ISSUE NO.146
AUGUST 21, 2003
 
 
RED Through the Ages
By Craig Froehlich
   
Back in the 1920's, the Chronicle's Flap Attack section looked at this dance.
 

e now call it RED Magazine, but art and entertainment writing has always found a home in these pages. Here’s a chronology of such writing in its many names and incarnations:

1892—The U's fledgling student newspaper publishes its first arts and entertainment story. It's a look into the latest dance craze and the song that inspired it—"Oh, Them Golden Slippers." However, fickle college teens soon turn their attention to the Appalachian pop sensations responsible for "Donkey in the Cotton Patch, Uh Huh."

1898—Crude drawings of Spaniards holding hands with the devil fill The Chronicle's Lollygaggery section and eventually draws  America into a war against Spain. President McKinley vows to liberate Cuba and free its bananas for the benefit of the Cuban people.

1912—The Titanic sinks with 1,500 souls on board.

“It would make a smashing moving-picture show,” the editor of The Ute Artful Dodger muses, “if only one could seamlessly write the gratuitous display of boobs into the story.”

1917—The Czar falls to the glorious Bolshevik rebellion. Long live the glorious proletariat!

1941—War Ho! The Japanese attack Pearl Harbor. The advertising staff makes the Asian writer sit in a well-lit corner, so they can keep an eye on him. All able-bodied men who aren’t whiny little babies join the military. With the men away, administrators replace most of The Chrony staff with spunky, young women who think they can write as well as the guys. If only the writing was as good as their figures…Va-Va Voom!

Migrant Mexican workers do most of the entertainment reviews. Those lousy lay-abouts didn’t want to leave when the war ended and we didn’t want them anymore! ¡Qué ingratos!

1951—While investigating Communist influences in college newsrooms, the FBI becomes suspicious of an assistant editor and her frequent visits to Boris' Borscht Hut. “I come for the boiled cabbage, but stay for the Marxist dogma,” they quote her as saying.

1955—U entertainment writers catch up to the changing times with a new magazine insert named The Rumpus Room.

“Rumpus? But you hardly even know us!” becomes a popular campus refrain.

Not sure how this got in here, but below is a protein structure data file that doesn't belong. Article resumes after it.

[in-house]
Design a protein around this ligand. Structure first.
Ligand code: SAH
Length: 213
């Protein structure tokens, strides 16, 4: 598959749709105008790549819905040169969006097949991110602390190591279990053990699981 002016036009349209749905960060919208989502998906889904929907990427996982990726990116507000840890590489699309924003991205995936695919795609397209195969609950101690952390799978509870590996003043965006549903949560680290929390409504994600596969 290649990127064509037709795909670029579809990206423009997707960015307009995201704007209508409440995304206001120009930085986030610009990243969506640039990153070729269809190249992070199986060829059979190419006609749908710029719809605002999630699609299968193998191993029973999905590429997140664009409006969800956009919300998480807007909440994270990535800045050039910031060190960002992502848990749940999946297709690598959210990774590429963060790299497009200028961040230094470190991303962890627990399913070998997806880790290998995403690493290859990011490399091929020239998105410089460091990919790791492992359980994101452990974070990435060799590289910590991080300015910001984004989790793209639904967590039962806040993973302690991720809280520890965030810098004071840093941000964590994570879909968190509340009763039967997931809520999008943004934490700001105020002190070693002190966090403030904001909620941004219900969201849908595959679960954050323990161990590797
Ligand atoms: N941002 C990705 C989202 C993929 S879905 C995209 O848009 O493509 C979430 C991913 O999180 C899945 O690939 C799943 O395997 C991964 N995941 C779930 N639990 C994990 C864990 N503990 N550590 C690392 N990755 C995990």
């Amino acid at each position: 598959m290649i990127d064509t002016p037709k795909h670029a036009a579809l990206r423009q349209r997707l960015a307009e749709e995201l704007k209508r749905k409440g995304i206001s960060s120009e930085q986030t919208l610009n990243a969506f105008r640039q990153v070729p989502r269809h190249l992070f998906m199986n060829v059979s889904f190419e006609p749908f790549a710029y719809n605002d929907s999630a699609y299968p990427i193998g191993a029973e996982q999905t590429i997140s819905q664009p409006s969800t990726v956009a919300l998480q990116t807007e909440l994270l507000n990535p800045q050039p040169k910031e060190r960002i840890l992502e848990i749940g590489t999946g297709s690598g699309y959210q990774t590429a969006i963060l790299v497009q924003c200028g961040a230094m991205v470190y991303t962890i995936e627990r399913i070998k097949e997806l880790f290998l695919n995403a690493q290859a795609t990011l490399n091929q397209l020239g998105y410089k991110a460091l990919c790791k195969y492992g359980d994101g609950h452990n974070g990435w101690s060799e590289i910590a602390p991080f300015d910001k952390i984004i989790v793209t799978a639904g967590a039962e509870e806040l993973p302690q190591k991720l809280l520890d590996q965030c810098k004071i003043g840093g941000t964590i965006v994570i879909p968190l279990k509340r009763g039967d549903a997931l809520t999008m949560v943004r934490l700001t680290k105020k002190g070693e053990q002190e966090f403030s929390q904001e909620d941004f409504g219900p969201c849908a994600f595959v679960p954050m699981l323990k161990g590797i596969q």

1956—Allen Ginsberg publishes “Howl,” the seminal poem of the Beat generation. A Utah company called Clean Verses republishes it, but with all references to homosexuality replaced with “…and then they ate biscuits.” The conservative wing of The Rumpus Room readily prints the cleaned up version.

1964—Our music writers were into The Beatles long before they got really popular.

You guys are such poseurs.

1974—After viewing “The Godfather, Part II,” a Gr-U-vy Gazette movie reviewer makes a bold statement: “This film improves so much on an already spectacular first movie. With this momentum, I predict the third installment in this saga will be the finest film ever made in the history of the world. By the way, Sofia Coppola will evolve into an incredible actress in the coming decades.”

1978—The civil rights movement makes a belated debut in Utah. A writer for the U Gotta Have Arts section receives a directive from God telling him that it’s OK to review music by black artists, especially God’s erratic half brother, James Brown.

Following his lead, The Church of Jesus Christ of Latter-day Saints issues a similar proclamation. (That’s Elder Brown, thank you very much.)

1984—War is peace. Freedom is slavery. Ignorance is strength.

1990—A music writer for U-U Utey-Ute-Ute ends an interview with NWA by threatening violence against the gangsta rap pioneers. "God help you punks if the sun ever sets on you while you're in Salt Lake City," he warns them. Police organizations misinterpret it as a showing of solidarity in response to the controversial tune, "Fuck tha Police.” The writer later explained the knife-wielding tantrum as a reaction to the song "Dope Man" and an expression of his anger over disparaging remarks made against crack dealers.

1994—Culture quake! Grunge makes disheveled losers look fashionable and “heroin chic” puts junkies on modeling runways. It feels good to be a trailblazer.

2003—The new millennium is here, minus the disobedient computers and the mining trips to Saturn. Rest assured, RED will be here with a masterful blend of elitist snobbery and earthy counterculture to satisfy all your art and entertainment yearnings.
craig@red-mag.com

 

 
     
  CoverStory  
   
     
  theBeat  
   
     
   
     
   
     
   
     
  theArts  
   
     
  theReel  
   
     
   
     
   
     
  Quality vs. Explosions: The Summer Movie Challenge  
     
   
     
  RED herring!  
  RED Through the Ages  
     
     
 
 
 

 

       
 

RED Magazine is a publication of The Daily Utah Chronicle. RED is published every Thursday. For information on advertising, call 801-581-7041. To have your event considered for publication, write to jeremy@red-mag.com. Copyrighted material remains the property of the original owner.

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